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new england

journal of medicine
The

established in 1812

October 27, 2016

vol. 375 no. 17

A Randomized Trial of Long-Term Oxygen for COPD


with Moderate Desaturation
The Long-Term Oxygen Treatment Trial Research Group*

a bs t r ac t
BACKGROUND

Long-term treatment with supplemental oxygen has unknown efficacy in patients with
stable chronic obstructive pulmonary disease (COPD) and resting or exercise-induced
moderate desaturation.
METHODS

We originally designed the trial to test whether long-term treatment with supplemental
oxygen would result in a longer time to death than no use of supplemental oxygen among
patients who had stable COPD with moderate resting desaturation (oxyhemoglobin saturation as measured by pulse oximetry [Spo2], 89 to 93%). After 7 months and the randomization of 34 patients, the trial was redesigned to also include patients who had
stable COPD with moderate exercise-induced desaturation (during the 6-minute walk test,
Spo2 80% for 5 minutes and <90% for 10 seconds) and to incorporate the time to the
first hospitalization for any cause into the new composite primary outcome. Patients were
randomly assigned, in a 1:1 ratio, to receive long-term supplemental oxygen (supplementaloxygen group) or no long-term supplemental oxygen (no-supplemental-oxygen group). In the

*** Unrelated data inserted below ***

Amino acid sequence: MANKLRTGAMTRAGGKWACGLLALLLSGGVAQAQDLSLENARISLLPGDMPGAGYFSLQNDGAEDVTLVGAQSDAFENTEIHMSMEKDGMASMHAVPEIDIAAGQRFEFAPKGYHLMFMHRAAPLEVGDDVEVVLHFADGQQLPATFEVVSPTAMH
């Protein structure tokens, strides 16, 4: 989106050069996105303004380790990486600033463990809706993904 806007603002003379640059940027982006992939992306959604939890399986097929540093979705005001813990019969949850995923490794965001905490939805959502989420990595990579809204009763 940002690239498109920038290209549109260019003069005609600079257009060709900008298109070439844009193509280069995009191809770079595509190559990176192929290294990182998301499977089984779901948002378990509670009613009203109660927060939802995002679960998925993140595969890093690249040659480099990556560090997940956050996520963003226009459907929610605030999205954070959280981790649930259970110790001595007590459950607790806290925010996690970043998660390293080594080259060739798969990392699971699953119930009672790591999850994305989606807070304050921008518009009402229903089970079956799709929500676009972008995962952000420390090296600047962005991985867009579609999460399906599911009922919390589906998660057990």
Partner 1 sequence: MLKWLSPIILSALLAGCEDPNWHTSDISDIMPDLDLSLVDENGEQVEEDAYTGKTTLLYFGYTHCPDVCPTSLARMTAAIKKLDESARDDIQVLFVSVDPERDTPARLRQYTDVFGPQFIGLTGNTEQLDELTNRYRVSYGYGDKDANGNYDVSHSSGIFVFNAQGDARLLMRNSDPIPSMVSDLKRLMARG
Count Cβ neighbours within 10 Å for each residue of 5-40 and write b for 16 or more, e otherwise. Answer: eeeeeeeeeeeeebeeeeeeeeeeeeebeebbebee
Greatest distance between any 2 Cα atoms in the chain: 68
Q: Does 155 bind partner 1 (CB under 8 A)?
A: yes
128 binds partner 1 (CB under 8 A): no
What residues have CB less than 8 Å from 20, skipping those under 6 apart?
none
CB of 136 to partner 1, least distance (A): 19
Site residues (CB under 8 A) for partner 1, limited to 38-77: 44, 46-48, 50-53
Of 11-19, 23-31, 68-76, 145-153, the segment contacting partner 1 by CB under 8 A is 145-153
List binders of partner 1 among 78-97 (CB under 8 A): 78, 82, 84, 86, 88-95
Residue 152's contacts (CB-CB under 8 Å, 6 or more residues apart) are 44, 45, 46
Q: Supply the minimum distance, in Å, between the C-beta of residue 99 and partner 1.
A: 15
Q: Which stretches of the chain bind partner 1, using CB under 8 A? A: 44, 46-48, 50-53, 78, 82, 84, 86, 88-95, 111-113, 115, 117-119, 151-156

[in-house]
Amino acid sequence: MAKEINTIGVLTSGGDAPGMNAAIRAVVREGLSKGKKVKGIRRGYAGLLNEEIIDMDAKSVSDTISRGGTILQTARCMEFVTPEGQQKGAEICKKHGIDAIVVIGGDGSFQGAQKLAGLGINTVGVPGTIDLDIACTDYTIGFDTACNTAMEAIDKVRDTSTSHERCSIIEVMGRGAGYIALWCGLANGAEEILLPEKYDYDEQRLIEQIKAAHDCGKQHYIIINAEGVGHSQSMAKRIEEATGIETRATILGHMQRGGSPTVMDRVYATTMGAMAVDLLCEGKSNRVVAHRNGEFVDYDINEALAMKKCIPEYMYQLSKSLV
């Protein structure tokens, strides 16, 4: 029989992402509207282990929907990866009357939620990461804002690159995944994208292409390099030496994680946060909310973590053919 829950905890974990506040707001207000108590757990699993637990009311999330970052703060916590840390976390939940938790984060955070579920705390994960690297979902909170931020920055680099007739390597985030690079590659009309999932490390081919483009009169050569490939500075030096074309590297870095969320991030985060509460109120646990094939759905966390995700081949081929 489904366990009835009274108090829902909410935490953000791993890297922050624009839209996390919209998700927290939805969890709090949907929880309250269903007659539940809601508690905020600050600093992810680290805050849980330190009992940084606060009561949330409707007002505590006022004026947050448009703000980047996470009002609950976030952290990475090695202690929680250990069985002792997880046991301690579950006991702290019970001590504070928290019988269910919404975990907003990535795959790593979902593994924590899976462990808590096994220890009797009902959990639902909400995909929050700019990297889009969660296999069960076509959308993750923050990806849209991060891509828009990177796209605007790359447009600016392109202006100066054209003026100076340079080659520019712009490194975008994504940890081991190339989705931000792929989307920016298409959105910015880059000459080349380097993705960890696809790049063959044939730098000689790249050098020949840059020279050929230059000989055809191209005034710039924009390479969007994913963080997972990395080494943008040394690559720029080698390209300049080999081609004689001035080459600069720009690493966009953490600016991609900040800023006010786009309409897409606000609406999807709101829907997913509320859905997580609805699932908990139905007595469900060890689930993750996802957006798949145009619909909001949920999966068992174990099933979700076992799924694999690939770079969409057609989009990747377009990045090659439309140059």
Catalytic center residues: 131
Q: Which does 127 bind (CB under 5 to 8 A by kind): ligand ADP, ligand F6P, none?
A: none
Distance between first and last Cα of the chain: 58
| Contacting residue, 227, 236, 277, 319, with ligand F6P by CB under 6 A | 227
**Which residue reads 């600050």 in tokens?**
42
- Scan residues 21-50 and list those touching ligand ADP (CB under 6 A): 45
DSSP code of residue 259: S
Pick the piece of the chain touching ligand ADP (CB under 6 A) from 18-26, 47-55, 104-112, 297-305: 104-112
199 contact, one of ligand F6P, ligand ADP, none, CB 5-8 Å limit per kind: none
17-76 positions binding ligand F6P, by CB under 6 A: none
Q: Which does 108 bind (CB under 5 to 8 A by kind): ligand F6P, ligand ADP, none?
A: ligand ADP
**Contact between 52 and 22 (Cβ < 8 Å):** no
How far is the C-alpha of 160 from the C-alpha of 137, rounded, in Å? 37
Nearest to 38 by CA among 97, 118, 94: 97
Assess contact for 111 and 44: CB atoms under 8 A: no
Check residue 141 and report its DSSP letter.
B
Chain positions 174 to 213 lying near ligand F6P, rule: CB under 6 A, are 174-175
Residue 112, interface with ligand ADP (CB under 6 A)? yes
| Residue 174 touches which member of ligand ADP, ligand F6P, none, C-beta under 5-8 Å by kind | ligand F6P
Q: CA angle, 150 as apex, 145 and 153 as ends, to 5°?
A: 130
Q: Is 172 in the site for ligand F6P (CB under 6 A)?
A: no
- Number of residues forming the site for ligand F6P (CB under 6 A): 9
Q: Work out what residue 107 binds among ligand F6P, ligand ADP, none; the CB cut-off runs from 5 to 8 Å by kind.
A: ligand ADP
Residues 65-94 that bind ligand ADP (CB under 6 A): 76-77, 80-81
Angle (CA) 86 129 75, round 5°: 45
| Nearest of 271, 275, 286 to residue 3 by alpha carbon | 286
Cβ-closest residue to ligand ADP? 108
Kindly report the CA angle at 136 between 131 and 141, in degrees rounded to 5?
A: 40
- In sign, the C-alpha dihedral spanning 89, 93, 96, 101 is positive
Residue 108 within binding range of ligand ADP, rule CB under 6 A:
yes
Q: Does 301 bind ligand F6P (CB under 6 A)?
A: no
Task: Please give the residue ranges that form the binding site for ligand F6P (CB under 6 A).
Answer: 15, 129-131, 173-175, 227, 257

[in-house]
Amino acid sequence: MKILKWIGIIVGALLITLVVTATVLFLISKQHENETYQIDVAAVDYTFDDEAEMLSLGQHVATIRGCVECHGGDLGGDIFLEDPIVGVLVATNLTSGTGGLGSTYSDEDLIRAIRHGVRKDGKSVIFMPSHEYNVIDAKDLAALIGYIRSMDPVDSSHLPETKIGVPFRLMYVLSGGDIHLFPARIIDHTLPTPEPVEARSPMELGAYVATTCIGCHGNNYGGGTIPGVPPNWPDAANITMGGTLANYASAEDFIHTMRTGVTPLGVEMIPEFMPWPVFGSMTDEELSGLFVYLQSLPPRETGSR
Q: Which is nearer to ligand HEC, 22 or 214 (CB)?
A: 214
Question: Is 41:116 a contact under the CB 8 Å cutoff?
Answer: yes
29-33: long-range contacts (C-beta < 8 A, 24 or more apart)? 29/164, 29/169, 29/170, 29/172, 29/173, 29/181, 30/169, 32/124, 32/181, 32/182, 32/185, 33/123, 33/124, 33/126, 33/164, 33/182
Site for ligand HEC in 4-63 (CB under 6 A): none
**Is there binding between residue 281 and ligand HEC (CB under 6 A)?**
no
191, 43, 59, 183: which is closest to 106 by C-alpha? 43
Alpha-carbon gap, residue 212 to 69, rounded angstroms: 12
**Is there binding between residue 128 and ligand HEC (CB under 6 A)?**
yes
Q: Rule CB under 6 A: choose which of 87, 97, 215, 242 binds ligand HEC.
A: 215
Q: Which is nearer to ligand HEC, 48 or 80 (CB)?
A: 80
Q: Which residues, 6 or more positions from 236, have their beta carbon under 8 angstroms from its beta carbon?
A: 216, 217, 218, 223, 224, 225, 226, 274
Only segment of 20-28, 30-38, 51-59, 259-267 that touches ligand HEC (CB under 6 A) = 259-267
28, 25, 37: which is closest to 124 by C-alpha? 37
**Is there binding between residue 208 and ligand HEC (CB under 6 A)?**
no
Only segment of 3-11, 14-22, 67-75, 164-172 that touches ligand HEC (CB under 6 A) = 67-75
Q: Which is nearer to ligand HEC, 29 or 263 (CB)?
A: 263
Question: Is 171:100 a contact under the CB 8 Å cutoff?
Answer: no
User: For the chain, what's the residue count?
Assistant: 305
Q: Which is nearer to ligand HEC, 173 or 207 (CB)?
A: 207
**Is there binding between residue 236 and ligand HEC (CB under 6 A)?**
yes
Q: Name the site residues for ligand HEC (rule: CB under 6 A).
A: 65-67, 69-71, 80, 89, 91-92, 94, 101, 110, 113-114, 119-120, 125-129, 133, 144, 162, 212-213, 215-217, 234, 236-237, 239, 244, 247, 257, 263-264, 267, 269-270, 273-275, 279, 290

supplemental-oxygen group, patients with resting desaturation were prescribed 24-hour
oxygen, and those with desaturation only during exercise were prescribed oxygen during
exercise and sleep. The trial-group assignment was not masked.
RESULTS

A total of 738 patients at 42 centers were followed for 1 to 6 years. In a time-to-event


analysis, we found no significant difference between the supplemental-oxygen group and
the no-supplemental-oxygen group in the time to death or first hospitalization (hazard
ratio, 0.94; 95% confidence interval [CI], 0.79 to 1.12; P=0.52), nor in the rates of all
hospitalizations (rate ratio, 1.01; 95% CI, 0.91 to 1.13), COPD exacerbations (rate ratio,
1.08; 95% CI, 0.98 to 1.19), and COPD-related hospitalizations (rate ratio, 0.99; 95% CI,